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Date: April 18, 2012

UVic Centre On Aging Values Senior Volunteers

UVic is helping to mark National Volunteer Week (April 15-21) by giving you a chance to nominate a senior volunteer for the University of Victoria Centre on Aging’s Valued Elder Recognition Award (VERA). Seniors who have been volunteering their time for at least 10 years in the Capital Region District are eligible for the VERA.

“Volunteers are a very important part of our community and to the research we conduct at the centre,” says Dr. Holly Tuokko, director of the Centre on Aging. “We are pleased to facilitate their well-deserved recognition.”

The award recognizes and honours individuals who have given exemplary service to helping others in the CRD. The VERA was an idea put forward by Doreen Burrows, the founding member of the Friends of the Centre on Aging, in 1998. The first VERA was awarded in 2000 to Bob Appleton, Helen Simpson and John Tomczak.

Nominations can be made by the public through a nomination form available on the centre’s website www.coag.uvic.ca or through volunteer agencies within the CRD. The VERA nomination form must be completed in full and nominators must also provide a letter of support from three people in the community. Nomination packages can be dropped off at, or mailed to, the Centre on Aging or faxed to 250-721-6499.

This year’s VERA will be awarded at an event on Monday, Oct. 1, 2012, the United Nations International Day of Older Persons (IDOP). The IDOP event will include a keynote address by Dr. Laura Funk, University of Manitoba, on intergenerational family relationships and the presentation of the Valued Elder Recognition Award to this year’s recipients. Recipients are further acknowledged with a plaque at the Centre on Aging’s UVic office.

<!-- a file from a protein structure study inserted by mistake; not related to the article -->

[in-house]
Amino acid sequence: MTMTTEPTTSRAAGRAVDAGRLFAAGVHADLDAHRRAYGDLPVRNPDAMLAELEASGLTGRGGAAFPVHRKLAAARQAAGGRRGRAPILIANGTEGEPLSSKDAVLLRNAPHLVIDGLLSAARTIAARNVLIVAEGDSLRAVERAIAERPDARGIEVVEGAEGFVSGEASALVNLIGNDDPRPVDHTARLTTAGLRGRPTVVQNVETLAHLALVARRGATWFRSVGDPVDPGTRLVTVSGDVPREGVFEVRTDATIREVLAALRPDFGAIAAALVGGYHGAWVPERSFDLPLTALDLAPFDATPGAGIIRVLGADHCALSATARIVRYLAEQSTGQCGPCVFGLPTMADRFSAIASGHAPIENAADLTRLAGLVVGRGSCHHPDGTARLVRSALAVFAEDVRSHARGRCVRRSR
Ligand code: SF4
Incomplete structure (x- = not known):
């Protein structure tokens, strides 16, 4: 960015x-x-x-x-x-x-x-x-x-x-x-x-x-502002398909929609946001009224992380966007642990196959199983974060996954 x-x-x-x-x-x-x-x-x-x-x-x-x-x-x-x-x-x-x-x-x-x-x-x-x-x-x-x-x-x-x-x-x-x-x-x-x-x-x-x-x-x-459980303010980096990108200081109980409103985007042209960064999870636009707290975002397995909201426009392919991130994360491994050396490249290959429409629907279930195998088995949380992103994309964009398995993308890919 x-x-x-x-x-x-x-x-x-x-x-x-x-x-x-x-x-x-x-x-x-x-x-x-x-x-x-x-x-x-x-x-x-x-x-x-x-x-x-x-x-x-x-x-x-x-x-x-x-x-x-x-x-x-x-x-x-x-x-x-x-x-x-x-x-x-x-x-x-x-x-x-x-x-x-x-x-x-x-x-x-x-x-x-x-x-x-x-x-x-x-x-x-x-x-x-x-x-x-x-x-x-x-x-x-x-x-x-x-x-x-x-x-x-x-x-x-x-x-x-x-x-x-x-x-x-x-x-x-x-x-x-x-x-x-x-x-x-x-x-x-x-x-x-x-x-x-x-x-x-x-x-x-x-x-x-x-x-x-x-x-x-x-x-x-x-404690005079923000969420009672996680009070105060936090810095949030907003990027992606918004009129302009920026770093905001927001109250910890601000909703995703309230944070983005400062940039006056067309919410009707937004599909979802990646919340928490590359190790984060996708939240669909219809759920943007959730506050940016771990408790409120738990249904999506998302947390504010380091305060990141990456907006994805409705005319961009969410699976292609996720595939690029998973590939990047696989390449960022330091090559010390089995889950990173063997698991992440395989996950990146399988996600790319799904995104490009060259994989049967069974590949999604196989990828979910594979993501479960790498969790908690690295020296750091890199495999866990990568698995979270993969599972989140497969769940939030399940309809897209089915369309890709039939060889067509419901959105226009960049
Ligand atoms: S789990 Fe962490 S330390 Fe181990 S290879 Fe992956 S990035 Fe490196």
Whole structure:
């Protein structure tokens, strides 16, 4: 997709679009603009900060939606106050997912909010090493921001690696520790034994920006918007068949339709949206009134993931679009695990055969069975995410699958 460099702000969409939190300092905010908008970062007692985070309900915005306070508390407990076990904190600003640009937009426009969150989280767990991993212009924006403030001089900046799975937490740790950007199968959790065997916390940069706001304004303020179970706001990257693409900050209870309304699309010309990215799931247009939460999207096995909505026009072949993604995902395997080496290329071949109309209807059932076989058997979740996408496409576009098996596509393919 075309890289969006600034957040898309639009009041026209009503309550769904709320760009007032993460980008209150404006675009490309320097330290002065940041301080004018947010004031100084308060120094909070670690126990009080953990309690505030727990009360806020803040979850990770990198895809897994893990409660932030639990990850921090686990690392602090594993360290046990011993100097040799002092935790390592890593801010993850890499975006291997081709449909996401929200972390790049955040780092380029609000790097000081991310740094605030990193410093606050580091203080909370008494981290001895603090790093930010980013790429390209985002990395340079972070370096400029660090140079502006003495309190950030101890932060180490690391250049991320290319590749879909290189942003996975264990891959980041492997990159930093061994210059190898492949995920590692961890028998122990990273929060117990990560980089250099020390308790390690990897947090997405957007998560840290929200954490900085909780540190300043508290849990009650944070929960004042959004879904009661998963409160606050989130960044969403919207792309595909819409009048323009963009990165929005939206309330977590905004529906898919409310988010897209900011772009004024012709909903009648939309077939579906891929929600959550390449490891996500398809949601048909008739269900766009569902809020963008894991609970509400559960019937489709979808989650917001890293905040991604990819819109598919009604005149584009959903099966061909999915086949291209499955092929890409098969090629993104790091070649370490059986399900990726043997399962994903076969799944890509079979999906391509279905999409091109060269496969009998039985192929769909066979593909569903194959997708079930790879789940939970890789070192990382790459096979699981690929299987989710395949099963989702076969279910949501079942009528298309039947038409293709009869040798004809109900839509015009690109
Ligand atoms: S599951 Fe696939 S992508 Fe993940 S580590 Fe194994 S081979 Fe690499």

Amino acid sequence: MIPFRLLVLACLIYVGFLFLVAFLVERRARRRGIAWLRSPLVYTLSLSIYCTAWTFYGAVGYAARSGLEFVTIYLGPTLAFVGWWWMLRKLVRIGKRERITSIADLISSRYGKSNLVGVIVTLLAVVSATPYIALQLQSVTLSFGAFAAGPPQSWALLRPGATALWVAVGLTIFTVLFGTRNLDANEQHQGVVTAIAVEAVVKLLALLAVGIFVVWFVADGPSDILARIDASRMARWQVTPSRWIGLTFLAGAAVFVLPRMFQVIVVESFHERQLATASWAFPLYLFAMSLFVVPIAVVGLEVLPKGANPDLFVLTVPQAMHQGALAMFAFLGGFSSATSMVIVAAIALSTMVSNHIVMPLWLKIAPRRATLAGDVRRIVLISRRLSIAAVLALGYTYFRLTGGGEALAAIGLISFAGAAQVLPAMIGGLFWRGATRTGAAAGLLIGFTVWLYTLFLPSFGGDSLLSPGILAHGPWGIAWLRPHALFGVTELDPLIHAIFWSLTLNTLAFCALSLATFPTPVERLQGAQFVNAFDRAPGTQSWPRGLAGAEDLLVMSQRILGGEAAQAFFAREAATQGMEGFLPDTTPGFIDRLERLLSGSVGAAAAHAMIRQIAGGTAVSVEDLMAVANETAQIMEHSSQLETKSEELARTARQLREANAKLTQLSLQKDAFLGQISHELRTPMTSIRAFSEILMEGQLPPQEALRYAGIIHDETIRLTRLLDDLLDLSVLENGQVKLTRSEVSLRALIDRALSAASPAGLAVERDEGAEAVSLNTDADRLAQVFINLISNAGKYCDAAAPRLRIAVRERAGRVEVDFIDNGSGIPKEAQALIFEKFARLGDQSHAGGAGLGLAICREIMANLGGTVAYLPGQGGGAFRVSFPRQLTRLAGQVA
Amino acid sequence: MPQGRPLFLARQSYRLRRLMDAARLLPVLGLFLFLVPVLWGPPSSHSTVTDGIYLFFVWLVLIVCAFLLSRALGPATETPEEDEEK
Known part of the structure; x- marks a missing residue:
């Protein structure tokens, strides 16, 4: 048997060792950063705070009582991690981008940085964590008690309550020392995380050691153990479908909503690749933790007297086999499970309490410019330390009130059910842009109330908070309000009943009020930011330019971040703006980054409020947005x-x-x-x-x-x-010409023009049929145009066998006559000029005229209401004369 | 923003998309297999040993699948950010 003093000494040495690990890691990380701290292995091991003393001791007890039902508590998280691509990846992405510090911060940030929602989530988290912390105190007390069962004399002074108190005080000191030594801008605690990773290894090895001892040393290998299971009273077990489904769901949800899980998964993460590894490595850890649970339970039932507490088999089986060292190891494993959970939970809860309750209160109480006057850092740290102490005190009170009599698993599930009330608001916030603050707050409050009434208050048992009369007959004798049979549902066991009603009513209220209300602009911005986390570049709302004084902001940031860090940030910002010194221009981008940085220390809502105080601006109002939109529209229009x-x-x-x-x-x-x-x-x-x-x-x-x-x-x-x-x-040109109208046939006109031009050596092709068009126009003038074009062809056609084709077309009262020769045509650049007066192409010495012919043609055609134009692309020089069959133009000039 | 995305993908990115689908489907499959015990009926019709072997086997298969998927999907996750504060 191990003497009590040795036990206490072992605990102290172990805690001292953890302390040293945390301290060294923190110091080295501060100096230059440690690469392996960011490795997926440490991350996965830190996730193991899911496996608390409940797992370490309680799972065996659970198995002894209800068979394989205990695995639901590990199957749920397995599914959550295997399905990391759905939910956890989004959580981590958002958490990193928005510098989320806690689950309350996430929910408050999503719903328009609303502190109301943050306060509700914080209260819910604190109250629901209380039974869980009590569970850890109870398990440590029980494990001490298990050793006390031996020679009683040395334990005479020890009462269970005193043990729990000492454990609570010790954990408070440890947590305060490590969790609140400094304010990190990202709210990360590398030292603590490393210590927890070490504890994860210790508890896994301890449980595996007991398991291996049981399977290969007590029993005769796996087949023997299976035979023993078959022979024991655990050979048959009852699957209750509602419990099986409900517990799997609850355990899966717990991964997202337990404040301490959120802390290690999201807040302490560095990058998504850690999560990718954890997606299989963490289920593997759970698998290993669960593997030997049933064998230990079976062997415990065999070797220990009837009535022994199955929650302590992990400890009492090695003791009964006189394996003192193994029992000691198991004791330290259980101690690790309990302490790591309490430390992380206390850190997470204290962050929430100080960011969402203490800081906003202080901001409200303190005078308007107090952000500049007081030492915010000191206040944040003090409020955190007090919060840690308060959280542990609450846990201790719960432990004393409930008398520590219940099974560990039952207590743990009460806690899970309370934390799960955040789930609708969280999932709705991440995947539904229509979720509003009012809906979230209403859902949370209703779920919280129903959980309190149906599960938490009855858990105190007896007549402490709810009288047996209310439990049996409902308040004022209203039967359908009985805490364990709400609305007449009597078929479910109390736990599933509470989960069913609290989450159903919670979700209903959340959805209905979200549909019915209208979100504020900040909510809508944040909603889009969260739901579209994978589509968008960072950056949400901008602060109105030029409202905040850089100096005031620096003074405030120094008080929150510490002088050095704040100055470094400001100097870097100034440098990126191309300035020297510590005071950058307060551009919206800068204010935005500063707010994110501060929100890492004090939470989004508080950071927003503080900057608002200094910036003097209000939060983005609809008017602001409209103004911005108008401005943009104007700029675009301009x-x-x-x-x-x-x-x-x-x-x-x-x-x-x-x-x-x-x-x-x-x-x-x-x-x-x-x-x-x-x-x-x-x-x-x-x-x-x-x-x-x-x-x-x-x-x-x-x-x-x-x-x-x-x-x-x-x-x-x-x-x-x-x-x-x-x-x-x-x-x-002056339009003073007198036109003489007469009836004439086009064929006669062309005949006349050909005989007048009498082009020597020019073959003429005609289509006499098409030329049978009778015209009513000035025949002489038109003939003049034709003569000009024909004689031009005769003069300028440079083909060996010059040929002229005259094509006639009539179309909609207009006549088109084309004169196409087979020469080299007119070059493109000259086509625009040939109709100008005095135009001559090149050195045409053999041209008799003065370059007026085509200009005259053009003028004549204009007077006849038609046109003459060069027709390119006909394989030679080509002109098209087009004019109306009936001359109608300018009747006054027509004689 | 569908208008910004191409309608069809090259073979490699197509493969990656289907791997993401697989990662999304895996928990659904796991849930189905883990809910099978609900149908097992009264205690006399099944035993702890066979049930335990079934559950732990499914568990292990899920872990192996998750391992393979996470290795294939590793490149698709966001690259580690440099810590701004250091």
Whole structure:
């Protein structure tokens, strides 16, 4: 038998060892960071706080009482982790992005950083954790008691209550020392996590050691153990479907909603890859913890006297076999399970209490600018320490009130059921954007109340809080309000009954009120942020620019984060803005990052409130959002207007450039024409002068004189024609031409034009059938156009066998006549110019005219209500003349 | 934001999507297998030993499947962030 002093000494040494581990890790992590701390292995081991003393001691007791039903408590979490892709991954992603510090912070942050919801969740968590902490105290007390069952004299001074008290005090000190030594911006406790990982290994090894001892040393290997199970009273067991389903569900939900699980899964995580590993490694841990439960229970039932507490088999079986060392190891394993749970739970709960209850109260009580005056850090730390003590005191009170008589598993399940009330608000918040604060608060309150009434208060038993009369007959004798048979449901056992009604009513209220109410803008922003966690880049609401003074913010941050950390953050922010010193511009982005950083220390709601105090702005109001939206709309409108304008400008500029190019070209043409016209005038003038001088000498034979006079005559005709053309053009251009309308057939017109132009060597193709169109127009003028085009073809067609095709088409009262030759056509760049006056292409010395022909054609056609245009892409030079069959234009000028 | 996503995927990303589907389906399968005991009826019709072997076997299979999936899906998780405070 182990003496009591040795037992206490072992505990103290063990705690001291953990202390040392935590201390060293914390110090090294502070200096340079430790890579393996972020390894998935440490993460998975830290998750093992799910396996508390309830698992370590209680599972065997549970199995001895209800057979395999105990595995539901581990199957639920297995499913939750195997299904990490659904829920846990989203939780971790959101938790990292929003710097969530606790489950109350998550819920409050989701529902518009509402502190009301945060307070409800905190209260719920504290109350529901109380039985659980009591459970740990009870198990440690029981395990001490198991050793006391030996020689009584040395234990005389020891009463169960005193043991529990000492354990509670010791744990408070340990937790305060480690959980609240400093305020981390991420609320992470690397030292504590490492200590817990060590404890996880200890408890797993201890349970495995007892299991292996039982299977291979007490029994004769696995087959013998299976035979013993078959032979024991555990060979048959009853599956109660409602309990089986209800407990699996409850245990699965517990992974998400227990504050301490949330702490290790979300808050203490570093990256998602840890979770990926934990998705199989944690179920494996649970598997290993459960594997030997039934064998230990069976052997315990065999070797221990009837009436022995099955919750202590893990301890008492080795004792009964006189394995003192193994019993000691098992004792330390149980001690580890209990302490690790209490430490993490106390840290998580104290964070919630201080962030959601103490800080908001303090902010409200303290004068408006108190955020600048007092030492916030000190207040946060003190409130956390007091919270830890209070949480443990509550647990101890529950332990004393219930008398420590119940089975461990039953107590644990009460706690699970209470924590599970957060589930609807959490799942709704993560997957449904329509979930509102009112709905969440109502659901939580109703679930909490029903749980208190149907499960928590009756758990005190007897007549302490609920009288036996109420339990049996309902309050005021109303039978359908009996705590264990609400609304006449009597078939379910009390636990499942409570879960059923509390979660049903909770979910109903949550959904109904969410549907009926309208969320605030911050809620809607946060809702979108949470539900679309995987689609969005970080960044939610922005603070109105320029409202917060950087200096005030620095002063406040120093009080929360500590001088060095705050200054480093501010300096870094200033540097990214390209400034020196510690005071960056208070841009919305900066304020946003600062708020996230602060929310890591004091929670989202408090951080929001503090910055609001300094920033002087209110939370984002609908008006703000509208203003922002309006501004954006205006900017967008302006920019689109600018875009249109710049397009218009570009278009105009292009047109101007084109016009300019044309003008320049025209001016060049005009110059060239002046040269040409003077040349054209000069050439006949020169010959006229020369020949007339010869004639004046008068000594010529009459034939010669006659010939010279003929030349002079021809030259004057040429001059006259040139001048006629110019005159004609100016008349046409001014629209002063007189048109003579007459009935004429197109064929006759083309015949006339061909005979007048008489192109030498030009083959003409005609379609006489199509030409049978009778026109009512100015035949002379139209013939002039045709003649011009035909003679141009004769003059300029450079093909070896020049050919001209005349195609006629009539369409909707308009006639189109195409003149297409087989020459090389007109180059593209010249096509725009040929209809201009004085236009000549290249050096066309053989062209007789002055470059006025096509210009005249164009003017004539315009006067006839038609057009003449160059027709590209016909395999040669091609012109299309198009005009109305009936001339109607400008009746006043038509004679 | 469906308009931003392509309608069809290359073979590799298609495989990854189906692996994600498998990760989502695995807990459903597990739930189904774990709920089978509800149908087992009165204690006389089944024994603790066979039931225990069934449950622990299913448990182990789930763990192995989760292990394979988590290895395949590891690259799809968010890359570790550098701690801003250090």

According to the 2010 Canada Survey of Giving, Volunteering and Participating, the likelihood of volunteering tends to decrease with age, while the number of hours volunteered tends to increase. In 2007, seniors 65 years and older were least likely to volunteer (36.5 per cent), while young adults aged 15 to 24 were the most likely (58 per cent). Despite their lower rate of volunteering, seniors aged 65 or better gave more hours on average than any other age cohort, with an average of 223 hours annually compared to 15 to 24 year olds who volunteered an average of 230 hours annually. More info: http://www.statcan.gc.ca/pub/89-649-x/89-649-x2011001-eng.pdf.

Media contacts:

Lois Edgar (Centre on Aging) at 250-721-6524 or ledgar@uvic.ca
Maria Lironi (UVic Communications) at 250-721-6139 or lironim@uvic.ca

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